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Konpeitō (金平糖, こんぺいとう), also spelled kompeitō, is a type of Japanese sugar candy. It takes the form of a small sphere with a bumpy surface, and comes in a variety of colors and flavors.

The word konpeitō comes from the Portuguese word confeito (comfit), which is a type of sugar candy.

The characters 金平糖 (lit. "golden flat sugar") are ateji selected mostly for their phonetic value and can also be written 金米糖 or 金餅糖.

The technique for producing sugar candy was introduced to Japan in the early 16th century by Portuguese traders. The infrastructure and refining technology of sugar had not yet been established in Japan. As konpeitō uses a lot of sugar, it was very rare and expensive as a result. In 1569, Luís Fróis, a Portuguese missionary, presented a glass flask of konpeitō to Oda Nobunaga in order to obtain the permit for mission work of Christianity.

By the Meiji period, konpeitō had already been culturally prescribed as one of the standards of Japanese sweets—the character Sugar Plum Fairy in The Nutcracker was translated into Konpeitō no Sei (金平糖の精, "Fairy of Konpeitō").

Konpeitō is usually 5 to 10 mm (0.20 to 0.39 in) in diameter and is produced by repeatedly coating a sugar syrup over a core consisting of a grain of coarse sugar. Originally, the core was a poppy seed. The process is somewhat similar to the dragée process, except the candies are produced by being ladled with sugar syrup and rotated slowly in a large heated gong-shaped tub (dora). Each grain of the core sugar grows over the course of several days with the continued rotating, heating, and application of syrup, becoming a ball covered with tiny bulges. It usually takes 7–13 days to make konpeitō and they are still crafted by artisans today.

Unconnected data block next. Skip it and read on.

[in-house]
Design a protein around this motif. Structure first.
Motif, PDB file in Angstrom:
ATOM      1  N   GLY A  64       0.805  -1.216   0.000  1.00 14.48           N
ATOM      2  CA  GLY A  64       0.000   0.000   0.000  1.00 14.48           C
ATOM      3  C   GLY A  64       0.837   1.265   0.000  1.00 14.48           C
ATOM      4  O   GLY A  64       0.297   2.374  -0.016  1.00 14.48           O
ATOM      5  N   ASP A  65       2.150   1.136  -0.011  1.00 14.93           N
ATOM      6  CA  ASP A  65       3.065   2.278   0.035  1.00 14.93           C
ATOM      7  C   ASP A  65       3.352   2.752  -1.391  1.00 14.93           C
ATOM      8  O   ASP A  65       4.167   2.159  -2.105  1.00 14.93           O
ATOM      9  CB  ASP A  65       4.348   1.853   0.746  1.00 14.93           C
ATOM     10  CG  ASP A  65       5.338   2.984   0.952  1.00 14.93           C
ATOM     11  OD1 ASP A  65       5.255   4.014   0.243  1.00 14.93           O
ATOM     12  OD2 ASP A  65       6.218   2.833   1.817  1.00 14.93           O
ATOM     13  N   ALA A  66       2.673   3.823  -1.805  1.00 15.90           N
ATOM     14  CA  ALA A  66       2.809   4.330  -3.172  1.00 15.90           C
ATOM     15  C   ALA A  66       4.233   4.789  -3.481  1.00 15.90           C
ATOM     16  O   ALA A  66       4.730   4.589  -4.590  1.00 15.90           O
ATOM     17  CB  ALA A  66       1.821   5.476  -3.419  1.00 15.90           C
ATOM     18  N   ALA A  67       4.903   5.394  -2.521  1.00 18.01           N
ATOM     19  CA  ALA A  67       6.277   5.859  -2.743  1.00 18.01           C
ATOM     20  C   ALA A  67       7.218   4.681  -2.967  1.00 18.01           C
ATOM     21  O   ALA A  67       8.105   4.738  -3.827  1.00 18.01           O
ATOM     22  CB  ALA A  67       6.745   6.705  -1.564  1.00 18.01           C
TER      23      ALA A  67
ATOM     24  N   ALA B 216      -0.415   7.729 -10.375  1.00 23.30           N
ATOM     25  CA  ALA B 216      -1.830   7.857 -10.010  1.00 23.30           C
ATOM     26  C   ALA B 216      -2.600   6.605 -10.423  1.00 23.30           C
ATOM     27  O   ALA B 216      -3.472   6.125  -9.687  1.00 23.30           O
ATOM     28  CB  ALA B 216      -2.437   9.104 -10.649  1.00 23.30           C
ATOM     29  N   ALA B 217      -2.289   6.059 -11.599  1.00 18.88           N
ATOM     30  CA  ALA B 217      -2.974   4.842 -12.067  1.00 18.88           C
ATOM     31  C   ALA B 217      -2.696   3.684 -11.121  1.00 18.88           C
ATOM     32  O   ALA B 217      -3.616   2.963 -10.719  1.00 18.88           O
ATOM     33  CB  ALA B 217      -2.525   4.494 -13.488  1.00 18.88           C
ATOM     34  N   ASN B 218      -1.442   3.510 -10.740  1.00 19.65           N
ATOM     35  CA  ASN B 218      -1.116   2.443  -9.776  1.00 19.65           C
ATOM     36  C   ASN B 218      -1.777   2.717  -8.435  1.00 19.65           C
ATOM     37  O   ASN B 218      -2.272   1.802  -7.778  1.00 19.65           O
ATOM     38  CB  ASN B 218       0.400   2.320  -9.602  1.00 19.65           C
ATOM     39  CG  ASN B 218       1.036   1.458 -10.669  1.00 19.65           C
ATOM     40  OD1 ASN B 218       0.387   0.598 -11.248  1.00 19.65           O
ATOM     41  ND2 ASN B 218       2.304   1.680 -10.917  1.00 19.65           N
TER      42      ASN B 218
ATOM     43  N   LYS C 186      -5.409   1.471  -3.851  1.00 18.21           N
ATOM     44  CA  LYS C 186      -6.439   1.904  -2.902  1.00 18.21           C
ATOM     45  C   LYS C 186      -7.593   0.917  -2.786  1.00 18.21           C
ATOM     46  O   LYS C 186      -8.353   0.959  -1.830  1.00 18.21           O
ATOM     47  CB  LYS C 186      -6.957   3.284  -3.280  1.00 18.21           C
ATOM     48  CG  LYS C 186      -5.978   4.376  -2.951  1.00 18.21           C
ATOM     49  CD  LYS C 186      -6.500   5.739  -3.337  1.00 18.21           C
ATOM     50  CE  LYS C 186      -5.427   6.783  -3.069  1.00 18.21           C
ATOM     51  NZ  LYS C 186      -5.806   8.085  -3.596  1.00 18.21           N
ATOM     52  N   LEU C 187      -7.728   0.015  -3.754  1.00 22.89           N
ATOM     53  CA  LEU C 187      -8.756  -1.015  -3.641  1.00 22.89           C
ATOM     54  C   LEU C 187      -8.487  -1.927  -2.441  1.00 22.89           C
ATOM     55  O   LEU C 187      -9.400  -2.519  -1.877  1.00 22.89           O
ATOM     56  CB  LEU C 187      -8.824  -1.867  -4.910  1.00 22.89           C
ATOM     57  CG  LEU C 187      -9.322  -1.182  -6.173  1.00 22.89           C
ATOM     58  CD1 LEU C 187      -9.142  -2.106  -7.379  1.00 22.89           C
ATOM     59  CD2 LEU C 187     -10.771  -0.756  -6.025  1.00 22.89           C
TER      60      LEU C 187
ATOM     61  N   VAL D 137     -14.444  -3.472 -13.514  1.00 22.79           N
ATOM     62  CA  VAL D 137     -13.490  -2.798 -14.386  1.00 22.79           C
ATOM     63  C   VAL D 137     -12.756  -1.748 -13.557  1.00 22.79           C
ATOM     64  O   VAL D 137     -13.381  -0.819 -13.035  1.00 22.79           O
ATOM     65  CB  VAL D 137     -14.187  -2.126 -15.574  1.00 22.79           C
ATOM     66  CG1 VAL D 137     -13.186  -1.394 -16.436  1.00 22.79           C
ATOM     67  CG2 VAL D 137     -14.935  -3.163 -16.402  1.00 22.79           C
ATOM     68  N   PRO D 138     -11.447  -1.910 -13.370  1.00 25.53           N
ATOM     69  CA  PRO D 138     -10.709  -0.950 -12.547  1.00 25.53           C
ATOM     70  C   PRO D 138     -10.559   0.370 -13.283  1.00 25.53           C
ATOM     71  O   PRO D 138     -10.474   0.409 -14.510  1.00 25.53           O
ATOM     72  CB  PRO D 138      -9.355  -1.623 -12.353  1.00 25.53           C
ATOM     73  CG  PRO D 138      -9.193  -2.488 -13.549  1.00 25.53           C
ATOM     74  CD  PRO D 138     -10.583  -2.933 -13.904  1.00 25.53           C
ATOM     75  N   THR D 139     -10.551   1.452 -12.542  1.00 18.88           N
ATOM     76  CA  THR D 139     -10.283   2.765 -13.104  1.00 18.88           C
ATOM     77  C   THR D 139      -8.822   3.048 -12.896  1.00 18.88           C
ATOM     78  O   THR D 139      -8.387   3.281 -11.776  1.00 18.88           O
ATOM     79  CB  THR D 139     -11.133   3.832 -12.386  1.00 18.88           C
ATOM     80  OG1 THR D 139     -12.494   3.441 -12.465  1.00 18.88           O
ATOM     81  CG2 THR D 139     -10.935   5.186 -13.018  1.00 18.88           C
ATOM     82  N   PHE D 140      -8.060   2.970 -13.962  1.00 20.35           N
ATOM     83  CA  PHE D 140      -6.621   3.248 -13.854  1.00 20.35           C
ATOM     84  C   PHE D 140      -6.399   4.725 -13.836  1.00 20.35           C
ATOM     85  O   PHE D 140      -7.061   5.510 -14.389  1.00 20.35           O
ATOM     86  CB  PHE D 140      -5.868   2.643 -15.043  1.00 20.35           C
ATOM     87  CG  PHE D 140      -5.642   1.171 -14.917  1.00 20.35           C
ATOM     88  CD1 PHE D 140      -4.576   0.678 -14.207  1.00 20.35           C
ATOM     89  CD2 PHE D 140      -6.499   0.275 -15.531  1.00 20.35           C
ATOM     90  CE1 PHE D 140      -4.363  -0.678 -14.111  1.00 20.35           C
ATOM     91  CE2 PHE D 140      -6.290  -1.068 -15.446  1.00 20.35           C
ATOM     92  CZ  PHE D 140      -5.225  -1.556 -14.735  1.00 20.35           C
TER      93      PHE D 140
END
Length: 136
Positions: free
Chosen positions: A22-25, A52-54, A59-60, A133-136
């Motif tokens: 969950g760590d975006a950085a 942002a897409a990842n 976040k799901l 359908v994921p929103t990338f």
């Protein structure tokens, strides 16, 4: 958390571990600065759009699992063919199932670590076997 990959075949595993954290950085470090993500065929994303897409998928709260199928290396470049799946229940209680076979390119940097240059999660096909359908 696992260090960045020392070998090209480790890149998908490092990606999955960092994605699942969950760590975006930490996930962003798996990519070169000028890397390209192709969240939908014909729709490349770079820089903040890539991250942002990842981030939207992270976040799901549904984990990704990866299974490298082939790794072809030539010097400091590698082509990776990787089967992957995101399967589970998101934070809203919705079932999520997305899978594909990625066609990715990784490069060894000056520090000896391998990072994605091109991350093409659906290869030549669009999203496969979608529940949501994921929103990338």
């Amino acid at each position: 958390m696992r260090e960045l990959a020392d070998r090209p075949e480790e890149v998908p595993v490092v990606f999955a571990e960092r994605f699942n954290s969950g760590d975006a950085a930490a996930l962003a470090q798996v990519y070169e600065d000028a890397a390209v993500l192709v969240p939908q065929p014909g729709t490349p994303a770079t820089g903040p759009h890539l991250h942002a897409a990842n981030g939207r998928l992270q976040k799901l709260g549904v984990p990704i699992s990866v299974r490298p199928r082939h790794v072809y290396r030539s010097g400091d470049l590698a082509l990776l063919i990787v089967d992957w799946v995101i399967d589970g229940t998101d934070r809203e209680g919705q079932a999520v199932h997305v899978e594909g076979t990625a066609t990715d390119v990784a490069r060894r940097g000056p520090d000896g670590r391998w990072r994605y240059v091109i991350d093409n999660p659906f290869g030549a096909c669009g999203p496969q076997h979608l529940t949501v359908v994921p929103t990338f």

The Japanese Ministry of Defense's Emergency Food Ration tins and the Japan Ground Self-Defense Force's Combat Ration tins both contain konpeito candies, in addition to hard tack bread/biscuits and other food items. While the candies aid in the calorie content necessary for activities, it also helps promote the creation of saliva to make it easier to eat the dry bread. According to the Ministry of Defense's specifications, "Each white emergency ration bag will contain 150g of small dry bread, with 8 whites, 3 reds, 2 yellows, 2 greens as standard, amounting to 15g or more to be put in the bag.” It is thought that providing the 'colorful and enjoyable' Konpeito will also reduce the stress that would be experienced at times during a disaster.

Konpeito is often used for celebrations such as marriage and childbirth, in elaborate candy boxes called bonbonniere (ボンボニエール), from the French bonbonnière, meaning candy box.[8] It is given as a gift for prayers at shrines and temples. The practice of giving bonbonniere dates back to the commemoration ceremony of the Meiji Constitution in 1889 and has since been thought to be a symbol of good luck. The Japanese Imperial Family has used these Onshino Konpeitō as the official ‘Welcome’ gift continuously for over 130 years.

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